COVID-19 and Animals
March 3, 2020 — Abbey Canon
The CDC and AVMA have a collection of resources and answers to frequently asked questions about COVID-19 and animals.
The AVMA's COVID-19 landing page has multiple resources about COVID-19 and animals, including
- Overview: COVID-19 in Humans
- Coronaviruses in Domestic Species, a review of coronaviruses recognized in domestic animals and humans
- Coronavirus: Detailed Taxonomy, a detailed taxonomy of coronaviruses that affect animals and people, including associated diseases and affected organ systems
Many different coronaviruses have been isolated from various wild and domestic animal species and humans. Five coronavirus-associated diseases have been reported in swine: porcine epidemic diarrhea virus (PEDV), transmissible gastroenteritis virus (TGEV), porcine coronavirus (PorCoV), porcine respiratory coronavirus (PRCoV), and porcine hemagglutinating encephalomyelitis virus (PHEV). There is currently no evidence to suggest that pigs can be infected with the novel virus causing COVID-19 or transmit the virus to people.
The AVMA and FDA are also collecting information about potential veterinary supply chain issues related to the outbreak of COVID-19. Visit AVMA for more information about how to report supply chain issues.
On February 28, 2020, a dog in Hong Kong, owned by a patient with COVID-19, was quarantined after samples obtained from its nasal cavity and mouth tested "weak positive" for the virus causing COVID-19 (SARS-CoV-2, formerly called 2019-nCoV). At this time, it is unknown if test results were due to infection, environmental contamination, cross-reactivity, or even a false-positive. The dog did not exhibit any clinical signs.
According to the U.S. Centers for Disease Control and Prevention (CDC), no animals in the United States have been identified with the virus, and there is no evidence that dogs or other pets can contract or spread COVID-19.
Should I be concerned about pets or other animals and COVID-19?
While this virus seems to have emerged from an animal source, it is now spreading from person-to-person in China. There is no reason to think that any animals including pets in the United States might be a source of infection with this new coronavirus. To date, CDC has not received any reports of pets or other animals becoming sick with COVID-19. At this time, there is no evidence that companion animals including pets can spread COVID-19. However, since animals can spread other diseases to people, it's always a good idea to wash your hands after being around animals. For more information on the many benefits of pet ownership, as well as staying safe and healthy around animals including pets, livestock, and wildlife, visit CDC's Healthy Pets, Healthy People website.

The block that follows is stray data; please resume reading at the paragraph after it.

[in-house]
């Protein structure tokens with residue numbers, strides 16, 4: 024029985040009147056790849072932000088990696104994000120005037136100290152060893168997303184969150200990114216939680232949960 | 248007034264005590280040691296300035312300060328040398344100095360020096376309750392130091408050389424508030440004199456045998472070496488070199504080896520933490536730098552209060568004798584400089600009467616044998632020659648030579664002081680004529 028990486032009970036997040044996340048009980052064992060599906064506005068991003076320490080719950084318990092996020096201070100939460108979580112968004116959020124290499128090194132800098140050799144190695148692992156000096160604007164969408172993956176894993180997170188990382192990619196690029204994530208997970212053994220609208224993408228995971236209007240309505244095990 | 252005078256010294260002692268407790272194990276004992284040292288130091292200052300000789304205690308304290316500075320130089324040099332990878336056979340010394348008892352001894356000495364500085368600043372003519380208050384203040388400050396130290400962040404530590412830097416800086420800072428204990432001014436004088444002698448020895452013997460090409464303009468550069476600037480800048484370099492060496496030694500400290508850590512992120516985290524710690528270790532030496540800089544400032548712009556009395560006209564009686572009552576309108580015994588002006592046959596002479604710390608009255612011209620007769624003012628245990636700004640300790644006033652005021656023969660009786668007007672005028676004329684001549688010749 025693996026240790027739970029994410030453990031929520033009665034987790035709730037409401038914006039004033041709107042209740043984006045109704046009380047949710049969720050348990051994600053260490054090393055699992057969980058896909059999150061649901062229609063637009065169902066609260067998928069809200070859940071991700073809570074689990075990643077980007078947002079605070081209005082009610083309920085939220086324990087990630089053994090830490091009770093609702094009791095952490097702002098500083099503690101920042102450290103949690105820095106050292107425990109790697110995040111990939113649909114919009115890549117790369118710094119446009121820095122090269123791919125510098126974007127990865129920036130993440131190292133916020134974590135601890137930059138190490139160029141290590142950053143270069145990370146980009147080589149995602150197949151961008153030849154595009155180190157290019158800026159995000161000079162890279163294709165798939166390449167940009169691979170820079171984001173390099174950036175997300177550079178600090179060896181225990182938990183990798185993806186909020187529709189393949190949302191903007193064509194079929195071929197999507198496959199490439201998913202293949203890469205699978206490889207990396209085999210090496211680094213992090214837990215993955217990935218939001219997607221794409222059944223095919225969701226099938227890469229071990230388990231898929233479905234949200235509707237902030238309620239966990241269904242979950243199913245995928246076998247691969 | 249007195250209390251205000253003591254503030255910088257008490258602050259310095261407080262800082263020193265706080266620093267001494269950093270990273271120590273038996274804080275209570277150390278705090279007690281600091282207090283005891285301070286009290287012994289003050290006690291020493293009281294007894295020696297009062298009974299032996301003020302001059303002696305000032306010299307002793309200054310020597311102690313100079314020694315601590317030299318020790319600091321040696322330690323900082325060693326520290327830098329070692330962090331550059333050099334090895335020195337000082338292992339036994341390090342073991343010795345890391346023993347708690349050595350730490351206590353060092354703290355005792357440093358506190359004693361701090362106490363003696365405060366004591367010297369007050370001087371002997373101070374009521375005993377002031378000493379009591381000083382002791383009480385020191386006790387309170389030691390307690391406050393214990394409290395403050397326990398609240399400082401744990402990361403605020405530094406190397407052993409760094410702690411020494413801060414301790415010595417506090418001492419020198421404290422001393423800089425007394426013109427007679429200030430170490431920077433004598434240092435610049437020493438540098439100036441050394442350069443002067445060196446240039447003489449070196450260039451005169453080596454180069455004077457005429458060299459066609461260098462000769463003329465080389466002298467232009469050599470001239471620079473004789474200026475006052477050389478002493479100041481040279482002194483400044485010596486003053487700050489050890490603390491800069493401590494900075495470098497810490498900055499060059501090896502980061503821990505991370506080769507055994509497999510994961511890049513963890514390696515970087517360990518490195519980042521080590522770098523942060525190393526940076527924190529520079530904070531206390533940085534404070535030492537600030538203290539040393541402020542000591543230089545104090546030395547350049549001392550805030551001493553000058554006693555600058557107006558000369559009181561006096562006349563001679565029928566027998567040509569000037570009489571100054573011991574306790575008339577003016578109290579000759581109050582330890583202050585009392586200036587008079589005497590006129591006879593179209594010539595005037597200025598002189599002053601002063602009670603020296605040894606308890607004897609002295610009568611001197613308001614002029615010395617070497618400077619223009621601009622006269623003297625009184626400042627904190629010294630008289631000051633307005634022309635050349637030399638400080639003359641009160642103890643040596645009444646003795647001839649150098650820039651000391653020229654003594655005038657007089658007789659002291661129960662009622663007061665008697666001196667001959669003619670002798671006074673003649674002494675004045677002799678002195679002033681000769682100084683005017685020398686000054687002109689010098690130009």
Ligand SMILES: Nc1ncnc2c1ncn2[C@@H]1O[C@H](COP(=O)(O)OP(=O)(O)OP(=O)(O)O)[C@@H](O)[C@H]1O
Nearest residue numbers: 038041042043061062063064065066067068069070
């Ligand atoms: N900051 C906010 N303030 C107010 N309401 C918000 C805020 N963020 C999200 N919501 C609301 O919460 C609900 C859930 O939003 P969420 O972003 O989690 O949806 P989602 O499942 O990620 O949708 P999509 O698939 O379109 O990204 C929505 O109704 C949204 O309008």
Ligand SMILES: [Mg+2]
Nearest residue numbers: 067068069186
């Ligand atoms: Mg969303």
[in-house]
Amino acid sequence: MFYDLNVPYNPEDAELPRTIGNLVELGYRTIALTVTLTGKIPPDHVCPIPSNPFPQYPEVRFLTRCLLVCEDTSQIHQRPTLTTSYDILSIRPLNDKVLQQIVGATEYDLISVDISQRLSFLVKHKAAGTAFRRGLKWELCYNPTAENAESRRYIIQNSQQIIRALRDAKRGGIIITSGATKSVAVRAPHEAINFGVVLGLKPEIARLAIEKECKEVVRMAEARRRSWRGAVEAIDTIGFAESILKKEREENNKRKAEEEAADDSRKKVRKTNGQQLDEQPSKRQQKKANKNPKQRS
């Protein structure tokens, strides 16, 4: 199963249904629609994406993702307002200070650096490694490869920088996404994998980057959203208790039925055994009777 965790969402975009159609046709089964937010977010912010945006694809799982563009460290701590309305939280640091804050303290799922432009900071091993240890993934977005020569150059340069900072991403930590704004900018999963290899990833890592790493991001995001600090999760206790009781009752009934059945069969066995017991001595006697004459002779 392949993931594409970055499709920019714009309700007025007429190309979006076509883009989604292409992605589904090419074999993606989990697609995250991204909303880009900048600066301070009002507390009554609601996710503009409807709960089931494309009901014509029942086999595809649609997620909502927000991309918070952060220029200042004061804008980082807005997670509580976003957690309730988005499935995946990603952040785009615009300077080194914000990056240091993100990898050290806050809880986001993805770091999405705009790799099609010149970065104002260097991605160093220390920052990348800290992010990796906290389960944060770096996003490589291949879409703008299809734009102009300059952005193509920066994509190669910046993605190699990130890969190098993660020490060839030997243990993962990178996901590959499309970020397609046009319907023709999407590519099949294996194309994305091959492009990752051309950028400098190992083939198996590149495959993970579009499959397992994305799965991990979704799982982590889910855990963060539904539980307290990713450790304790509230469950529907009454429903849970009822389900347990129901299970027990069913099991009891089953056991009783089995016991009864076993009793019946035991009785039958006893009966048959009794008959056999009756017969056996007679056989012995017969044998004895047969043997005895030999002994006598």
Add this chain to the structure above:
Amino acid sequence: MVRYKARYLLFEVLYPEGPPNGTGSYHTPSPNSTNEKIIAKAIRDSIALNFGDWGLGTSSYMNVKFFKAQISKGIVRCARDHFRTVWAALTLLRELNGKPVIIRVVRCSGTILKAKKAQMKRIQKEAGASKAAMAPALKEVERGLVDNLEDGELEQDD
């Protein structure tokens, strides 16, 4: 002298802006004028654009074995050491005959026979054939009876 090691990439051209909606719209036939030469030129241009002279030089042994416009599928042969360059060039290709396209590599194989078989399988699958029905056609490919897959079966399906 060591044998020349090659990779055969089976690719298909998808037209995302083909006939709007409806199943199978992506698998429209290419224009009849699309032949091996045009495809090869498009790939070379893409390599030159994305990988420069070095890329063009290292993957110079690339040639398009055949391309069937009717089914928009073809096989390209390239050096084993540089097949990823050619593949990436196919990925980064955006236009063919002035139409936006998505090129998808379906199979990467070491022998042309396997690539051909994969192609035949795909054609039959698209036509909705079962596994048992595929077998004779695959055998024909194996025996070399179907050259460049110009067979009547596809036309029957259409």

Should I avoid contact with pets or other animals if I am sick with COVID-19?
You should restrict contact with pets and other animals while you are sick with COVID-19, just like you would around other people. Although there have not been reports of pets or other animals becoming sick with COVID-19, it is still recommended that people sick with COVID-19 limit contact with animals until more information is known about the virus. When possible, have another member of your household care for your animals while you are sick. If you are sick with COVID-19, avoid contact with your pet, including petting, snuggling, being kissed or licked, and sharing food. If you must care for your pet or be around animals while you are sick, wash your hands before and after you interact with pets and wear a facemask.
What about animals or animal products imported from China?
CDC does not have any evidence to suggest that animals or animal products imported from China pose a risk for spreading COVID-19 in the United States. This is a rapidly evolving situation and information will be updated as it becomes available. The U.S. Centers for Disease Control and Prevention (CDC), the U. S. Department of Agriculture (USDA), and the U.S. Fish and Wildlife Service (FWS) play distinct but complementary roles in regulating the importation of live animals and animal products into the United States. CDC regulates animals and animal products that pose a threat to human health, USDA regulates animals and animal products that pose a threat to agriculture; and FWS regulates importation of endangered species and wildlife that can harm the health and welfare of humans, the interests of agriculture, horticulture, or forestry, and the welfare and survival of wildlife resources.
What precautions should be taken for animals that have recently been imported (for example, by shelters, rescue groups, or as personal pets) from China?
Animals imported from China will need to meet CDC and USDA requirements for entering the United States. At this time, there is no evidence that companion animals including pets can spread COVID-19. As with any animal introduced to a new environment, animals recently imported from China should be observed daily for signs of illness. If an animal becomes ill, the animal should be examined by a veterinarian. Call your local veterinary clinic before bringing the animal into the clinic and let them know that the animal was recently in China.
The World Organisation for Animal Health (OIE) also has Questions and Answers on COVID-19.
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